Shortly after admission (or in the morning, depending on the time), your child will be assigned a case manager/social worker. These people are fantastic and will do their best to help your child- contacting providers, making a discharge plan, among other tasks. This is the main contact person for you to contact about your child’s care. You can also talk to your child’s nurse.

Your child may or may not attend school while they are hospitalized- this depends on the length of their stay. Many private facilities have a school on the property. The facility I worked for had a K-12 school in the building and every child went throughout the school year, and a bit over the summer. If your child is there for a short stay, they may not attend. You may be asked to sign paperwork to allow for school records to be sent to the facility so your child can attend- they can’t go without it.

A treatment team consists of nurses, a psychiatrist, other staff and the social worker. They meet daily to talk about the progress of the patients on a unit, including your child. If your child needs something like medication changes, diet changes, etc., it’s discussed in this meeting.

Most parents feel guilty, relief, anxiety, sadness and maybe a mix of all these emotions while their child is hospitalized. This is okay. A mental health facility can be a bit intimidating, no matter how welcoming the staff is. Just remember that you can call at any time to check on your child, that you can visit and to take care of yourself. This is important. If you need help with other children and/or other tasks, ask for it. This is a rough time for the whole family.

The Path to Home

It may sound a little weird, but hospitals are required to start working on a discharge plan almost as soon as a patient is admitted. (I don’t run these places, I just worked in them.)

The planning includes information on medication, mental health treatment, placement (if needed), education, housing (if needed). You have to be a part of this process. If you think your child isn’t ready to be discharged, you can talk to the hospital’s complaint department.

When picking your child up, keep in mind that they have just been through a huge transition, whether this is their first or fifth time in treatment. Keep the first couple of days low-key so they can adjust to being home, in a quieter environment. Make appointments if needed and slowly adjust them back to the daily routine.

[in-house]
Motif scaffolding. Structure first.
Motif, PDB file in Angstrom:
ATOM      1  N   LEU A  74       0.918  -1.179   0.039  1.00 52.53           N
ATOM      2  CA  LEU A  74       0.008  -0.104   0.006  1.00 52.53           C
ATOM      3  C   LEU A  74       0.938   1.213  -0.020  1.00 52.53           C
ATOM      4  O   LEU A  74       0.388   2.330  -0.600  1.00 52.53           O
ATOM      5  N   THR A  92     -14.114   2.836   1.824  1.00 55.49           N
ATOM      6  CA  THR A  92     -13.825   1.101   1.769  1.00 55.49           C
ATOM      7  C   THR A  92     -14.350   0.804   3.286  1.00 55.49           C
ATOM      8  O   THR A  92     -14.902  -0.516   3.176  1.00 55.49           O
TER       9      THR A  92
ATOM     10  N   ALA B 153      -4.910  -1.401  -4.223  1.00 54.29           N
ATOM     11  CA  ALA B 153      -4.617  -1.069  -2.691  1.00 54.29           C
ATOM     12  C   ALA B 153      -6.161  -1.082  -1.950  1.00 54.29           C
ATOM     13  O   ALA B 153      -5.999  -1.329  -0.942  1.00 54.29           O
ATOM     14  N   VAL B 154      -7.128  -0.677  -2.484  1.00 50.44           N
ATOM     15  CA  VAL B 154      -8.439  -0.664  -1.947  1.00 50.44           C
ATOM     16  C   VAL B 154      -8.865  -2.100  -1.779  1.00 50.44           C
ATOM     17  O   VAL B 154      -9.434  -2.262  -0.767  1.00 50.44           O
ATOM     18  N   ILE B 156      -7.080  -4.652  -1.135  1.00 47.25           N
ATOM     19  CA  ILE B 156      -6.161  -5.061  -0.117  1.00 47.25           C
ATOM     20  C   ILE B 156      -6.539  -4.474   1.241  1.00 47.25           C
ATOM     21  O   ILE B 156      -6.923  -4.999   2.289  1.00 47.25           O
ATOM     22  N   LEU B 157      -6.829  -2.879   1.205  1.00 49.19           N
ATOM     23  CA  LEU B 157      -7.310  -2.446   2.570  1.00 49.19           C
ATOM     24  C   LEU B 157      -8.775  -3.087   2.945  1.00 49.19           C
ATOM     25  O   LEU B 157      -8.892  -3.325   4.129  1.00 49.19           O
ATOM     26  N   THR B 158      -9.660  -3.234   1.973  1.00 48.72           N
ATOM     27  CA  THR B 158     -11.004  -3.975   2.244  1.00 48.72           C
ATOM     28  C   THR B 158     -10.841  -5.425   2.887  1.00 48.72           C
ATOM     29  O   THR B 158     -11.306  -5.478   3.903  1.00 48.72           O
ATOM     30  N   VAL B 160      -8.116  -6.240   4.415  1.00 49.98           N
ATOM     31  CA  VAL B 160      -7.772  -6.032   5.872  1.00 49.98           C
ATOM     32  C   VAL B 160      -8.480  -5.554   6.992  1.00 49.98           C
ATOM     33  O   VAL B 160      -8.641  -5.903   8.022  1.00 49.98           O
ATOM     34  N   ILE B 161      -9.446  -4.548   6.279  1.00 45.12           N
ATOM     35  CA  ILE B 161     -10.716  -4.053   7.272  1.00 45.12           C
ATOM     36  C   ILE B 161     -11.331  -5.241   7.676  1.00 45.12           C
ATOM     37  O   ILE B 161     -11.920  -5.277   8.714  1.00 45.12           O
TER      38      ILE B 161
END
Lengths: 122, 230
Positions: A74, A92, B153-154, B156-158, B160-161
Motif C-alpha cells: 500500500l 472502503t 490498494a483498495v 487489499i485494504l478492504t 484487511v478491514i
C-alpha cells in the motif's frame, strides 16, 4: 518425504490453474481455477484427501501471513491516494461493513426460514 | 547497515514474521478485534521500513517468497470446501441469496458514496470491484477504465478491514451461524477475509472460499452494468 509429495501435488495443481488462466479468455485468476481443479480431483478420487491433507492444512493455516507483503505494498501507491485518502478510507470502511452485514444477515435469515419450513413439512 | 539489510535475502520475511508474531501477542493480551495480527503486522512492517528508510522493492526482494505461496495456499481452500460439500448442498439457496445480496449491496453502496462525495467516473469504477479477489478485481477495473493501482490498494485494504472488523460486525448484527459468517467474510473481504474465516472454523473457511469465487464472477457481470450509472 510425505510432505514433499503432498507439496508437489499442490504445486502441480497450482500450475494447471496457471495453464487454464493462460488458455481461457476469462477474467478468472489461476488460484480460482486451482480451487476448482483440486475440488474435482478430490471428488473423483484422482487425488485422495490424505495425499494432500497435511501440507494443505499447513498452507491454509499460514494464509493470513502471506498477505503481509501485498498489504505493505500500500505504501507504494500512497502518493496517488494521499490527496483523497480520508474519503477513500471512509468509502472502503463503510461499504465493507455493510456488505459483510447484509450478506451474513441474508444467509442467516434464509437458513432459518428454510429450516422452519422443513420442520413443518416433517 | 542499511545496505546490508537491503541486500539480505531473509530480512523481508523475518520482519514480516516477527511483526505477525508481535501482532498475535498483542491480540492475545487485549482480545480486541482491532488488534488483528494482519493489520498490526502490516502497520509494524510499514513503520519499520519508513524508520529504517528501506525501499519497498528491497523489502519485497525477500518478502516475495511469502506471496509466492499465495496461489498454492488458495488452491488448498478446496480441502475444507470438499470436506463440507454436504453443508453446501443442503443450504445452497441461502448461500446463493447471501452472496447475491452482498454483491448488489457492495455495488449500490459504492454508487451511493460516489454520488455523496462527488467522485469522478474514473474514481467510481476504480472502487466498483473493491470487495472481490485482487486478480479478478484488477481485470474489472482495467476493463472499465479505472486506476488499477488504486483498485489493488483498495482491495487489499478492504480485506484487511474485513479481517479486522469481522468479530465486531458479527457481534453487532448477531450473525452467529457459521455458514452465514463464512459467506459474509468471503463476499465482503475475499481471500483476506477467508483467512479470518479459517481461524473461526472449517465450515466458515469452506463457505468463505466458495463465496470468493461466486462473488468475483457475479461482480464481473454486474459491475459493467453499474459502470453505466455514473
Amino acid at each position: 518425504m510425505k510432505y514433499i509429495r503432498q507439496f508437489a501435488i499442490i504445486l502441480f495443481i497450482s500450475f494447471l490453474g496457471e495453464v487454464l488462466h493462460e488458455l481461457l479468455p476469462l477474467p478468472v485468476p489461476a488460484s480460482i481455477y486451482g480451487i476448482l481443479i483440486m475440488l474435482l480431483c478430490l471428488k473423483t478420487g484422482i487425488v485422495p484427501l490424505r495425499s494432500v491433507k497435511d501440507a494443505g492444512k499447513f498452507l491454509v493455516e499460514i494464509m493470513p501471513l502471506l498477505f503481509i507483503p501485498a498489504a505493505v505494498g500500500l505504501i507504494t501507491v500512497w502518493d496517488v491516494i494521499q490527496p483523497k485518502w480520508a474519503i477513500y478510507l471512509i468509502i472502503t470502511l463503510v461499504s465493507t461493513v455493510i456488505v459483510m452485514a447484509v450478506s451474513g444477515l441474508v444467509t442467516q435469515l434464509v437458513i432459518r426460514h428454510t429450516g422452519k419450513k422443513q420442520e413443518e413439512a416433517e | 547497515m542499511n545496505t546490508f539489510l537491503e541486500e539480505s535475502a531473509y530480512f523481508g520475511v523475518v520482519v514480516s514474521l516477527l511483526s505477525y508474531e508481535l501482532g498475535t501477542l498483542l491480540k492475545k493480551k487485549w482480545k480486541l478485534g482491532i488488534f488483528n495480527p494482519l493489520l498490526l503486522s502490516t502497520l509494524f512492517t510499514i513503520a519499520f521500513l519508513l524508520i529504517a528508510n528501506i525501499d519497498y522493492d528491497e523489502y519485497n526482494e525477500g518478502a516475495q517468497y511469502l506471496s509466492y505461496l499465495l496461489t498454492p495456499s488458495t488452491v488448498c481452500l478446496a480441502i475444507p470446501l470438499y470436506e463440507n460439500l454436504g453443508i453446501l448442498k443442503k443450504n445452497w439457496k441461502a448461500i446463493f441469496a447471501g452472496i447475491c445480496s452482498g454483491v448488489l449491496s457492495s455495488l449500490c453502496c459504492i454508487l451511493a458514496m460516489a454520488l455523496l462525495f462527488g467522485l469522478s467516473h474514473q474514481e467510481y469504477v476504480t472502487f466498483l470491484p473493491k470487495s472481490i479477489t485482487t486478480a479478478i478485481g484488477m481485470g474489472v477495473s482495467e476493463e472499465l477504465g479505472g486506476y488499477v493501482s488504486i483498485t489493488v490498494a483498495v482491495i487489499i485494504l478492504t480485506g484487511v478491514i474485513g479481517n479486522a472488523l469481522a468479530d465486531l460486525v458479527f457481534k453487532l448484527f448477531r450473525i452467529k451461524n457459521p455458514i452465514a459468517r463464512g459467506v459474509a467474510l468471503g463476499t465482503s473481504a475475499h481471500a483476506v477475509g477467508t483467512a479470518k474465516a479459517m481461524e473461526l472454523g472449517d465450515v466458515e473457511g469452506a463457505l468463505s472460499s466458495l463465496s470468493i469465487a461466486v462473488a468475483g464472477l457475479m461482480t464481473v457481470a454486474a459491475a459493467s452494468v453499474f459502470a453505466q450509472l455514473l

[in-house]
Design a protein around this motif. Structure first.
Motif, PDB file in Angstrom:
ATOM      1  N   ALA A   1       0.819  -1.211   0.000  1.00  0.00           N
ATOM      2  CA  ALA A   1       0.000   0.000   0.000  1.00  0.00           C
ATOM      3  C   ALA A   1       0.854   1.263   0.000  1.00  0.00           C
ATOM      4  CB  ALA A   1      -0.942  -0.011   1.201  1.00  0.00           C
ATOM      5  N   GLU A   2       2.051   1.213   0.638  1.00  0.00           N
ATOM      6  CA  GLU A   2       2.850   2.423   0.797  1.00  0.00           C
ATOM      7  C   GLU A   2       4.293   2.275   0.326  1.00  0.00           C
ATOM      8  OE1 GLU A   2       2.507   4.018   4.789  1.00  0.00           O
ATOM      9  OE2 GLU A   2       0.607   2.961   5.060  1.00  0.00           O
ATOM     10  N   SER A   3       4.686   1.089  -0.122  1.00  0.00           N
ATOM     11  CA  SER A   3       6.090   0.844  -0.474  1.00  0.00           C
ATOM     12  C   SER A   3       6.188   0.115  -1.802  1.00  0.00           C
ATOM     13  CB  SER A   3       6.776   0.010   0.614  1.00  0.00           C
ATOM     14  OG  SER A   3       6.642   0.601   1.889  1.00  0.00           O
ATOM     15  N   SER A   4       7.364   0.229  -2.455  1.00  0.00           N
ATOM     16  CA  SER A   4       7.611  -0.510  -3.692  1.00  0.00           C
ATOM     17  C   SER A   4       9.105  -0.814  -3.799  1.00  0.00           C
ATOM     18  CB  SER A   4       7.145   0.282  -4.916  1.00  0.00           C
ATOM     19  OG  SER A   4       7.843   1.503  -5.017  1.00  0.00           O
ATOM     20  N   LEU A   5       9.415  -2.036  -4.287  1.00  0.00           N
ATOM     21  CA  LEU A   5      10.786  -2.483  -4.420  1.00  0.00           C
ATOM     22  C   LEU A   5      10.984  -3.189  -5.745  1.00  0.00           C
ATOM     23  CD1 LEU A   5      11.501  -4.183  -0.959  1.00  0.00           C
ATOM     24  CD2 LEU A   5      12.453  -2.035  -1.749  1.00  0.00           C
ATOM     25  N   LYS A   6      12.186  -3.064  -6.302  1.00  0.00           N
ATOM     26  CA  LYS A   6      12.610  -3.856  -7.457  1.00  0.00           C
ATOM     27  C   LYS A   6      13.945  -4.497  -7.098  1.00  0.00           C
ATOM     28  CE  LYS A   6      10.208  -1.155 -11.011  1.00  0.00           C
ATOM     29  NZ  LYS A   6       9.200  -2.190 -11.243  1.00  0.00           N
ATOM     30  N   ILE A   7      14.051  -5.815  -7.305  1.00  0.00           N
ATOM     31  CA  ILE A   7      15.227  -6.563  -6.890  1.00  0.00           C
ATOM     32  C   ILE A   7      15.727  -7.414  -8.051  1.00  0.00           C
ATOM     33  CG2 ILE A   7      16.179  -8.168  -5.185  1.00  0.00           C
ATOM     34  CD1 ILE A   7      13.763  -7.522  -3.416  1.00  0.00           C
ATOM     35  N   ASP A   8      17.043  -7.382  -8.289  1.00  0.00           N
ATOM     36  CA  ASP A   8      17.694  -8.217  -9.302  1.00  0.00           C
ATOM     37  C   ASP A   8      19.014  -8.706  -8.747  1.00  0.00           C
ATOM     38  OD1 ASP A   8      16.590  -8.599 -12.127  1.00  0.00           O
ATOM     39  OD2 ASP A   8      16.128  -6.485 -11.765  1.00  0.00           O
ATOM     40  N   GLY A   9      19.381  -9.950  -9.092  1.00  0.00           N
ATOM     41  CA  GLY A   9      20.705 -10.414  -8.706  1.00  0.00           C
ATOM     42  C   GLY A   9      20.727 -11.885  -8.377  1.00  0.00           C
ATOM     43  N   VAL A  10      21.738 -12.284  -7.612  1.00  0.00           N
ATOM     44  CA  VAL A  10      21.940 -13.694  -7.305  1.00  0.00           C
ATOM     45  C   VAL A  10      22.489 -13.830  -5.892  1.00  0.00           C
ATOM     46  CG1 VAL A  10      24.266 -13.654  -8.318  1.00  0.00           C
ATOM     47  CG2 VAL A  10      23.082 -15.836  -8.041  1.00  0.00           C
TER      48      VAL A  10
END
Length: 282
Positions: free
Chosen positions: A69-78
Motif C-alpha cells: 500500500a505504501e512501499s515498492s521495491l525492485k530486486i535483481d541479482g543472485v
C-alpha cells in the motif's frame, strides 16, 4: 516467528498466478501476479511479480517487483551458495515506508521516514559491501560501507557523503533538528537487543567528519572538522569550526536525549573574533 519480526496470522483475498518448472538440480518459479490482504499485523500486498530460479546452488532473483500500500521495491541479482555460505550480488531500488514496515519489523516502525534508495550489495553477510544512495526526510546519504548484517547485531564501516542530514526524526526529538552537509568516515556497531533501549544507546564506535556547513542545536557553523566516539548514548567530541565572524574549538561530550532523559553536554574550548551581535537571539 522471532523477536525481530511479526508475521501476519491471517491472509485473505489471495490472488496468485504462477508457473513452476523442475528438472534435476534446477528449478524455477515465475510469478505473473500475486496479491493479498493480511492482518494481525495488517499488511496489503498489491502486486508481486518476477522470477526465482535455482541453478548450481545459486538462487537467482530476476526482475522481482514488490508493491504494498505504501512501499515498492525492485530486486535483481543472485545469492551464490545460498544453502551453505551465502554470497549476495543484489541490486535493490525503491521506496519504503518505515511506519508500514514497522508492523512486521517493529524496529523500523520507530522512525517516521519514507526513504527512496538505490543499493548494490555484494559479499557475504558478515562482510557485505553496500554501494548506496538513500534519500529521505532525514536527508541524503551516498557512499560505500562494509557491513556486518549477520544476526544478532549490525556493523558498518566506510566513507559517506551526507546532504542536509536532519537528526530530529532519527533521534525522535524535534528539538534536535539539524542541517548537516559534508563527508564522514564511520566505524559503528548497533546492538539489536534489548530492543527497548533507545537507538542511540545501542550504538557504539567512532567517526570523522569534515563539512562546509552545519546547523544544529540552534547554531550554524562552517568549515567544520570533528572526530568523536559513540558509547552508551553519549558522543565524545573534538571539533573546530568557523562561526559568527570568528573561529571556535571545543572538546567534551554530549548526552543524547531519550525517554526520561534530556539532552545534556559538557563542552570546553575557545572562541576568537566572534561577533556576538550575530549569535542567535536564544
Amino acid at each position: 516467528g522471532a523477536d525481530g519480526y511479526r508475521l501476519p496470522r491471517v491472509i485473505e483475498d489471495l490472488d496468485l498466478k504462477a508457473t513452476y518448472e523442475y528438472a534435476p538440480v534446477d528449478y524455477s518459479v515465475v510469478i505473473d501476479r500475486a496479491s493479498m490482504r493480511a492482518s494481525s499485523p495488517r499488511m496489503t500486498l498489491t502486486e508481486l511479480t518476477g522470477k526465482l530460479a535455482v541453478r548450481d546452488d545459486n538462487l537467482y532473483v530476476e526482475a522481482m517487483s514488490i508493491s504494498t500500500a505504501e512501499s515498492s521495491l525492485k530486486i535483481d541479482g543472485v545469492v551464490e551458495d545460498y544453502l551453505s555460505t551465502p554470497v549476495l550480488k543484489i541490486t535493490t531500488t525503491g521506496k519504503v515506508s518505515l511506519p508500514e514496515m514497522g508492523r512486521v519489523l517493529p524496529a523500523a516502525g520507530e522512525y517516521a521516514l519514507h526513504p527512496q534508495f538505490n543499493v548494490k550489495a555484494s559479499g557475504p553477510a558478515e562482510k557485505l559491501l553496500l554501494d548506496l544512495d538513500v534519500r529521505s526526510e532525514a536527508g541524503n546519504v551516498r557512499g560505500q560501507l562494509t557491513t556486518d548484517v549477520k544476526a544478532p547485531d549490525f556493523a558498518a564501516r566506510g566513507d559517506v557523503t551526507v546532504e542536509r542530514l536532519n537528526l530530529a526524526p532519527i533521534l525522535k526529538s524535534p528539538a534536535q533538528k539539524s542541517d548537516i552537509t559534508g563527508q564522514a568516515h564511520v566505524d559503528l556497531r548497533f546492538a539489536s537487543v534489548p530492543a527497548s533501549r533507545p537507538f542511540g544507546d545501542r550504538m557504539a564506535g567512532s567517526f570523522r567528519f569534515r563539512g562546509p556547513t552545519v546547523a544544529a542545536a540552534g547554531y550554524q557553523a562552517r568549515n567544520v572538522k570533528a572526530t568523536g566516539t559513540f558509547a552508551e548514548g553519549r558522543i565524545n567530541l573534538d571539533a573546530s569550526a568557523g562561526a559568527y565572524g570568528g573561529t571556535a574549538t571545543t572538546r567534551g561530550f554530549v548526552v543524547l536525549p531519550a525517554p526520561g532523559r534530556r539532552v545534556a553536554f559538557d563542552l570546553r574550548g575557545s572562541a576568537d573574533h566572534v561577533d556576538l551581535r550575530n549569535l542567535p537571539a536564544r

If you have questions, you can call the social worker that worked with your child and go from there. Don’t think you have to go at things alone.

Parenting can be a tough path- seek out help when you need it, support is always out there. Resources

Information courtesy of MD Coalition

Pics courtesy of Unsplash

A Parent’s Guide to Screen-Free Activities

It seems as if our kids were born with the ability to work a tablet, computer and/or phone.

Or is it just my kids?

It’s a well-known fact that most kids are very attached to anything with a screen and a keyboard, so I’ll spare all of us the research. The question is, how do we get our kids AWAY from the screen?

*pause*

*crickets*

Sigh

There’s Fun Beyond The Screen

I promise there is.

Our kids might not see this, especially if they’re teens and love Netflix, but there’s really a whole world out there. I have a kid on the autism spectrum, so this is double the fun.

Tips for getting your child off the screen:

  • Have another, more fun, activity lined up. This one is pretty obvious. It’s a clear winner at my house. Know your kid- what do they like? What is something you know will interest them for a couple hours (or however long) to keep them off the screen and engaged? Try something new, you never know what might get their minds going. At my house, this includes nerf guns, parks, walks and simply telling Julian to ride his bike.
  • Find apps with built-in timers. Some apps have these and automatically shut off after a certain amount of time and then the fun part- making sure your kid doesn’t go straight into another app.
  • Find a stopping point. This works wonderfully with kids who do not do well with interruptions or transitions. If you can have them stop at a certain episode, level or other points, it may be easier for them to stop. It can be super frustrating to have to stop in the middle of something.
  • Discuss consequences and follow through. Every parent knows that kids need consequences. If your child doesn’t follow through with your rules on not stopping, limits, etc., then it is time for a consequence.
  • Try limiting your own screen time. Look at how much time you spend on your phone/tablet.
  • Ban electronics at mealtimes. Some families allow electronics at the dinner table, which limits conversation at the main time of the day that everyone is together.

A note for parents of kids with autism: This can be a special kind of challenge because some kids use iPads to communicate, some behaviors can be stopped (short-term) by handing the child a device, and it can also be used as a reinforcer for good behavior.